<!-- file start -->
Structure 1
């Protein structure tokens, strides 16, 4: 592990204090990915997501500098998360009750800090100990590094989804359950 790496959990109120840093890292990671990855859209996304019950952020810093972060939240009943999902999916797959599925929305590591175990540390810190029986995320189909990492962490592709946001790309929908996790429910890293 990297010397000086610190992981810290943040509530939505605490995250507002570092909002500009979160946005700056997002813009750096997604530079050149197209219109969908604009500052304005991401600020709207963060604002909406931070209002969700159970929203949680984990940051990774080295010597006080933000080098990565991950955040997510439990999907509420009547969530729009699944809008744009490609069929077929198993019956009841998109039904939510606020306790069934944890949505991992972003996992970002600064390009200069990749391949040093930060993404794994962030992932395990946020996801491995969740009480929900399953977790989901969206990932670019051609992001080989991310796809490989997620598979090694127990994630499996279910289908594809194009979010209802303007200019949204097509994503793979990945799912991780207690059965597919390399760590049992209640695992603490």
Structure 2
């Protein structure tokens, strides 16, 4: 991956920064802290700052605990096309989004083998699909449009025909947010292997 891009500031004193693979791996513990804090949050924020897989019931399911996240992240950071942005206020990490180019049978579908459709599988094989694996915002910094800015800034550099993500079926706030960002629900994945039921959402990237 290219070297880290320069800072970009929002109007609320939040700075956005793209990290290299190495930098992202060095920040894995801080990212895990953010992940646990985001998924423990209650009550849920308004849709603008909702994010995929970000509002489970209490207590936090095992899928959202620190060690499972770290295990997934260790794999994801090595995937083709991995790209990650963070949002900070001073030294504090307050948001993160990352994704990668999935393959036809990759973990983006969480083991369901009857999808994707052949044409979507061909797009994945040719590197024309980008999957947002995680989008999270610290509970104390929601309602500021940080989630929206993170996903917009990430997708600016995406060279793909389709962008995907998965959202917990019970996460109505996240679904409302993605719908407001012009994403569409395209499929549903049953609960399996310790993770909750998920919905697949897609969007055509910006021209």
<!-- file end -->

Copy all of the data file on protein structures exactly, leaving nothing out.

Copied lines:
Structure 1
């Protein structure tokens, strides 16, 4: 592990204090990915997501500098998360009750800090100990590094989804359950 790496959990109120840093890292990671990855859209996304019950952020810093972060939240009943999902999916797959599925929305590591175990540390810190029986995320189909990492962490592709946001790309929908996790429910890293 990297010397000086610190992981810290943040509530939505605490995250507002570092909002500009979160946005700056997002813009750096997604530079050149197209219109969908604009500052304005991401600020709207963060604002909406931070209002969700159970929203949680984990940051990774080295010597006080933000080098990565991950955040997510439990999907509420009547969530729009699944809008744009490609069929077929198993019956009841998109039904939510606020306790069934944890949505991992972003996992970002600064390009200069990749391949040093930060993404794994962030992932395990946020996801491995969740009480929900399953977790989901969206990932670019051609992001080989991310796809490989997620598979090694127990994630499996279910289908594809194009979010209802303007200019949204097509994503793979990945799912991780207690059965597919390399760590049992209640695992603490």
Structure 2
């Protein structure tokens, strides 16, 4: 991956920064802290700052605990096309989004083998699909449009025909947010292997 891009500031004193693979791996513990804090949050924020897989019931399911996240992240950071942005206020990490180019049978579908459709599988094989694996915002910094800015800034550099993500079926706030960002629900994945039921959402990237 290219070297880290320069800072970009929002109007609320939040700075956005793209990290290299190495930098992202060095920040894995801080990212895990953010992940646990985001998924423990209650009550849920308004849709603008909702994010995929970000509002489970209490207590936090095992899928959202620190060690499972770290295990997934260790794999994801090595995937083709991995790209990650963070949002900070001073030294504090307050948001993160990352994704990668999935393959036809990759973990983006969480083991369901009857999808994707052949044409979507061909797009994945040719590197024309980008999957947002995680989008999270610290509970104390929601309602500021940080989630929206993170996903917009990430997708600016995406060279793909389709962008995907998965959202917990019970996460109505996240679904409302993605719908407001012009994403569409395209499929549903049953609960399996310790993770909750998920919905697949897609969007055509910006021209």